- Allergies: Severe allergic reactions can lead to chest tightness and discomfort.
- Lifestyle Factors: Poor diet, lack of exercise, and smoking can indirectly contribute to breast pain.
Common symptoms related to breast pain.
- Tenderness in the Breast: This feels like a mild soreness, especially when touched. It’s like the ache you feel after exercising, but it’s in the breast.
- Sharp, Stabbing Pain: Some women might feel a sudden sharp pain that comes and goes quickly, like being pricked with a needle.
- Burning Sensation: It feels like a hot or warm sensation, similar to a sunburn but inside the breast.
- Heaviness or Fullness: The breast might feel swollen or heavier than usual, like when you’re carrying a bag that’s too full.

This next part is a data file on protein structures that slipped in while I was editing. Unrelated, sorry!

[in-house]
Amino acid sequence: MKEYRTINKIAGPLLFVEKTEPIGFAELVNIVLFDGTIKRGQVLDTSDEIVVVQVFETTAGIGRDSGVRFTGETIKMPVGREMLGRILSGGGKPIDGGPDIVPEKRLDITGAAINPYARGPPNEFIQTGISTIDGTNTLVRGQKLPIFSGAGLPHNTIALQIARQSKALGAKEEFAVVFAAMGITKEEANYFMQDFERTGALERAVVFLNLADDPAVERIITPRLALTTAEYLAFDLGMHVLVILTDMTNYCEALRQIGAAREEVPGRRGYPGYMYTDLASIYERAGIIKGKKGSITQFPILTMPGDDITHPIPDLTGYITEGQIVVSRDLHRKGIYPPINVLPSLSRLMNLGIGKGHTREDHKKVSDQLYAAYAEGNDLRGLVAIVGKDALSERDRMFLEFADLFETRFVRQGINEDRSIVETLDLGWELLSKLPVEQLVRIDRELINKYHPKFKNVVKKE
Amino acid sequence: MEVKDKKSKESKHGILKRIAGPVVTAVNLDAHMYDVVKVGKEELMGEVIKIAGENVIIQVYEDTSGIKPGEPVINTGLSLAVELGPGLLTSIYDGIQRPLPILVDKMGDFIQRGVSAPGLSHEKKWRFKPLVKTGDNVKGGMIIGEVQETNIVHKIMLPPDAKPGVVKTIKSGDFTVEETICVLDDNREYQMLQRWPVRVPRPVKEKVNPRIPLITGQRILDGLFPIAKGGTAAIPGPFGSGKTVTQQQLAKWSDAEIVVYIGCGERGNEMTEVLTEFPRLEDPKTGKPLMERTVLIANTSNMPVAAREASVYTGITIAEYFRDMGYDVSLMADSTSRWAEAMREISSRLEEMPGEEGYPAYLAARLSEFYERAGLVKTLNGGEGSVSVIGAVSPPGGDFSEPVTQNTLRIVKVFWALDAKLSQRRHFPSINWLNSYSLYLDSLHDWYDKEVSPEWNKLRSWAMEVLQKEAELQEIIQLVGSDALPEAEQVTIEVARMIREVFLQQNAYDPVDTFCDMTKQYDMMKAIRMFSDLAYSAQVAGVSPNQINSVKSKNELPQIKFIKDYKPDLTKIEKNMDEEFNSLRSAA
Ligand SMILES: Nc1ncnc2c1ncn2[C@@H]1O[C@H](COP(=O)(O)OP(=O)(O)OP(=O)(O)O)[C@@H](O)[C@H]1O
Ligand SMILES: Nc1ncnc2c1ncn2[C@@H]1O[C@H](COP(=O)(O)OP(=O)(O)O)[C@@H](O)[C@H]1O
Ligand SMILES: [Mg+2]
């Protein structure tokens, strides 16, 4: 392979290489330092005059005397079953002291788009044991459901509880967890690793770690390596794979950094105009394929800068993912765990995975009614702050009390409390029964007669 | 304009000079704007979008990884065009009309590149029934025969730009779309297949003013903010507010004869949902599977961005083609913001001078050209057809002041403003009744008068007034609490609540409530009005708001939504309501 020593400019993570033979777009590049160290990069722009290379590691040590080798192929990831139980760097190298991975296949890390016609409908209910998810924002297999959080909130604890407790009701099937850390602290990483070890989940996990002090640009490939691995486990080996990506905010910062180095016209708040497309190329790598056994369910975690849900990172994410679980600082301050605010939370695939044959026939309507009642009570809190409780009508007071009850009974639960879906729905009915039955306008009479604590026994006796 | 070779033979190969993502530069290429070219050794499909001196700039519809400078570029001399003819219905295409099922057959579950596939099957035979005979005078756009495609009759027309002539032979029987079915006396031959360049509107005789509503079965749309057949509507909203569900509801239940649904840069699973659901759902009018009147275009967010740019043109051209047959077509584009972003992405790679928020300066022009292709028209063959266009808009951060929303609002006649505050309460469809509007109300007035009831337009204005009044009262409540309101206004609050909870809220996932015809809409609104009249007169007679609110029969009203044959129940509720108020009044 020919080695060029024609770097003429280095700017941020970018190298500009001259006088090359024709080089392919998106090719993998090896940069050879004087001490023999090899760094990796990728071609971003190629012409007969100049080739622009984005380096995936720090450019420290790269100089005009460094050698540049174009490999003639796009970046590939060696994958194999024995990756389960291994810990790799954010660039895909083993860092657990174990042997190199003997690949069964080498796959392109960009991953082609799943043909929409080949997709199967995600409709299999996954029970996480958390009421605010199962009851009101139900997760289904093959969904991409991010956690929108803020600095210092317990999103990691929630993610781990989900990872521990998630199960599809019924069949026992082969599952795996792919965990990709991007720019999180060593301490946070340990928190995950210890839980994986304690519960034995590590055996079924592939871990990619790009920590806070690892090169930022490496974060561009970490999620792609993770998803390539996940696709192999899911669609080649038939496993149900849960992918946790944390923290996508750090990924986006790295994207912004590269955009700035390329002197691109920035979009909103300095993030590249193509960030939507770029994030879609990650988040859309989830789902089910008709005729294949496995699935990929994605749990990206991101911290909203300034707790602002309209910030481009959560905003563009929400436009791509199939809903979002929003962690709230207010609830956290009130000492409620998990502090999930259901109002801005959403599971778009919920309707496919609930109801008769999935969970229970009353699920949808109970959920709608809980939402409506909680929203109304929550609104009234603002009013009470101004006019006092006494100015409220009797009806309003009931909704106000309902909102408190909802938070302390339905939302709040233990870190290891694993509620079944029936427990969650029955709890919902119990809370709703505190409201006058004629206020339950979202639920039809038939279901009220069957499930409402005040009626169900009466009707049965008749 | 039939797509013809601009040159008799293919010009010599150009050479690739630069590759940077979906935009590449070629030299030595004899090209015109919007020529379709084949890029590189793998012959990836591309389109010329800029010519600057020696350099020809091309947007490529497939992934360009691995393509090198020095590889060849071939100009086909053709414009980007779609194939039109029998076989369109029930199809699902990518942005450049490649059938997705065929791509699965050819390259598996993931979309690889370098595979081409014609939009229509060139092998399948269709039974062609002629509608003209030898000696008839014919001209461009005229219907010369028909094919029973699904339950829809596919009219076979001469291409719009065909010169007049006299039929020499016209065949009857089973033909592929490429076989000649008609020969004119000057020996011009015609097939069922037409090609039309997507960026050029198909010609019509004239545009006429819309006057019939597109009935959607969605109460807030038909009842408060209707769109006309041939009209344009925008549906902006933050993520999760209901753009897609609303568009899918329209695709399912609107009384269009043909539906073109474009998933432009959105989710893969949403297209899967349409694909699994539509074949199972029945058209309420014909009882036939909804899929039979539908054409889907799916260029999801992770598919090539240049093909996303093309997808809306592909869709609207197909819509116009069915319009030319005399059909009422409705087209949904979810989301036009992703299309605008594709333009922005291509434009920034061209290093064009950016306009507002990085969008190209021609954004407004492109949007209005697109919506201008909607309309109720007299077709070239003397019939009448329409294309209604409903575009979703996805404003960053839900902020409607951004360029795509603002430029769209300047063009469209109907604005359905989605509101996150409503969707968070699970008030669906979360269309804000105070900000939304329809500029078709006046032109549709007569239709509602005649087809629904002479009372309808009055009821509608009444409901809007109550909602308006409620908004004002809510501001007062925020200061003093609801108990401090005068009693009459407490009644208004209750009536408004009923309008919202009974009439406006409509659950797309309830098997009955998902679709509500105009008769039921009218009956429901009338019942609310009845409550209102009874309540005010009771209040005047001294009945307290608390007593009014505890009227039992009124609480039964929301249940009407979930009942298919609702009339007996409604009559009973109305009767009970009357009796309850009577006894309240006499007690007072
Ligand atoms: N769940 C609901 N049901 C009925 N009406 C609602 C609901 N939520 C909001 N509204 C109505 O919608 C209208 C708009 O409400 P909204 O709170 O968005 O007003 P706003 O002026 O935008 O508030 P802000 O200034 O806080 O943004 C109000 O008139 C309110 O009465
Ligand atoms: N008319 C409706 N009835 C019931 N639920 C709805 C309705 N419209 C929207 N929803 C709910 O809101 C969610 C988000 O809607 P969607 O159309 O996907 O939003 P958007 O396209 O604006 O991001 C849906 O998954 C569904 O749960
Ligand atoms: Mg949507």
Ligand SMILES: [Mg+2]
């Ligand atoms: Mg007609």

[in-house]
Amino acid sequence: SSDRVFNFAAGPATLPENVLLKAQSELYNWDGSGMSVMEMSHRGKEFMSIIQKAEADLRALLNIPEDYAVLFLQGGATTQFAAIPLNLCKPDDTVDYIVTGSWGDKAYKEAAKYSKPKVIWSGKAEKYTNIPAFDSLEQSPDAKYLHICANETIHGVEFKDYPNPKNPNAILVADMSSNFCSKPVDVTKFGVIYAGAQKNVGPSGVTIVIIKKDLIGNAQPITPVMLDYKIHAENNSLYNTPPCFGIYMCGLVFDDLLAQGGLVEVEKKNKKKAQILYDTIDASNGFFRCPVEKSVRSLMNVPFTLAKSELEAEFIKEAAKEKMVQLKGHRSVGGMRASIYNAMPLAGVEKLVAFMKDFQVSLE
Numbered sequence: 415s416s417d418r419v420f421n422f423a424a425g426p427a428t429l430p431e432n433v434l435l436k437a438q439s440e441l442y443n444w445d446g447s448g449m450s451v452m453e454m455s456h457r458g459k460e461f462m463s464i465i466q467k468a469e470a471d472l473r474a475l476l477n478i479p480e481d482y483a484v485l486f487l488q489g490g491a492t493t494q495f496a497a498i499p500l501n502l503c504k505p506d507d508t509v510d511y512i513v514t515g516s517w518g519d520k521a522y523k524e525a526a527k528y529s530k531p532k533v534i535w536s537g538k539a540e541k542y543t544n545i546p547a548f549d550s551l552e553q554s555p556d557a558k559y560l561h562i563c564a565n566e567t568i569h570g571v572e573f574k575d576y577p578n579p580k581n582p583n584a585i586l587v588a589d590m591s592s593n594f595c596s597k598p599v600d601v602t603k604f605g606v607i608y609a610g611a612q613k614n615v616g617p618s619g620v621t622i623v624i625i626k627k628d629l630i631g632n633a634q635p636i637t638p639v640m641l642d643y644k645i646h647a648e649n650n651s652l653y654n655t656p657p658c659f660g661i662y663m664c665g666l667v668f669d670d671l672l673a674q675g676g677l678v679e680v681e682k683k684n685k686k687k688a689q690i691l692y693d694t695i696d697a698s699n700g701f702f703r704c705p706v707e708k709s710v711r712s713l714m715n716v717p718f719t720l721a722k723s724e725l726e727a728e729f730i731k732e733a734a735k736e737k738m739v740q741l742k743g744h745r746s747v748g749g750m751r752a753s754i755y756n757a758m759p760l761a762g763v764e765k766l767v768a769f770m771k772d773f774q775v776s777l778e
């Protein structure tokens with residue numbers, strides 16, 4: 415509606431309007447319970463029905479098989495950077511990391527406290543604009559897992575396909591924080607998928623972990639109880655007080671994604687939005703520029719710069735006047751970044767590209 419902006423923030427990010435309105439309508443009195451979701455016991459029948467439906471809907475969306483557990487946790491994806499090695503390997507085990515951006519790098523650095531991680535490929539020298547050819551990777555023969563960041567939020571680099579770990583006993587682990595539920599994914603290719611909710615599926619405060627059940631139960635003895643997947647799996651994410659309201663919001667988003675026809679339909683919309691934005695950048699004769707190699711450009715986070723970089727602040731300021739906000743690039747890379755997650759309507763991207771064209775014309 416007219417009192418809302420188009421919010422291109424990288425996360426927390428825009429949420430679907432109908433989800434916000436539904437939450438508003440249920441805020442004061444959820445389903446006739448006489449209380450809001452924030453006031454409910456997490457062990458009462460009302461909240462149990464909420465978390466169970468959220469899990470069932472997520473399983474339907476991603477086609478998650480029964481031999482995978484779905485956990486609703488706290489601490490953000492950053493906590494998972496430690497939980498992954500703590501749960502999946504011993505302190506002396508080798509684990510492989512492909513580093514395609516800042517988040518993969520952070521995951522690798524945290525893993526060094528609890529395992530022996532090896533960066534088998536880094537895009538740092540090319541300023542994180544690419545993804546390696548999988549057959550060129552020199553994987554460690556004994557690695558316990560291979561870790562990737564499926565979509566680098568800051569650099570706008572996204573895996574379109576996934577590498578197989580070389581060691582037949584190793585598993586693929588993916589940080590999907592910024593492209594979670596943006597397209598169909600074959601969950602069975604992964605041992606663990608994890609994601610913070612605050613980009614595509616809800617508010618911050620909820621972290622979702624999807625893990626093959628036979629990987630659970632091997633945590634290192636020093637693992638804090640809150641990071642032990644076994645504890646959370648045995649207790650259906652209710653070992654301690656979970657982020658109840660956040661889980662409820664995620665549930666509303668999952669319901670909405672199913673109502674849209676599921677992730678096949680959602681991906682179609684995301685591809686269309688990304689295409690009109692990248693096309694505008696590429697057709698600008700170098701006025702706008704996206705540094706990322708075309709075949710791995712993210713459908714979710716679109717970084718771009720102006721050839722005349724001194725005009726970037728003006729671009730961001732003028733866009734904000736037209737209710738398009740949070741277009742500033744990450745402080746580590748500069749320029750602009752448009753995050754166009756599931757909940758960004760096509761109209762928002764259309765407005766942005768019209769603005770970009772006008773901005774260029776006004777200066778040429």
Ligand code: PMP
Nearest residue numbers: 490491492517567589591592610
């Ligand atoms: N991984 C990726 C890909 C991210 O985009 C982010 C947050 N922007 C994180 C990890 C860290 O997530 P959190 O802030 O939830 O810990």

- Throbbing or Pulsating Pain: This feels like a regular beat or rhythm of pain, almost like a heart beating.
- Tightness: The breast feels constricted or compressed, similar to wearing a shirt that’s too tight.
- Swelling: The breast looks and feels bigger, and it might be puffier, just like when your ankle swells after a sprain.
- Changes in Skin Texture: Sometimes, the skin on the breast might look or feel different, like an orange peel’s texture.
- Redness: The skin might appear redder than usual, similar to blush or sunburn.
- Temperature Changes: A part of the breast might feel warmer than other parts or compared to the other breast.
- Nipple Pain: This is when the pain is focused on the nipple area, making it tender or sore.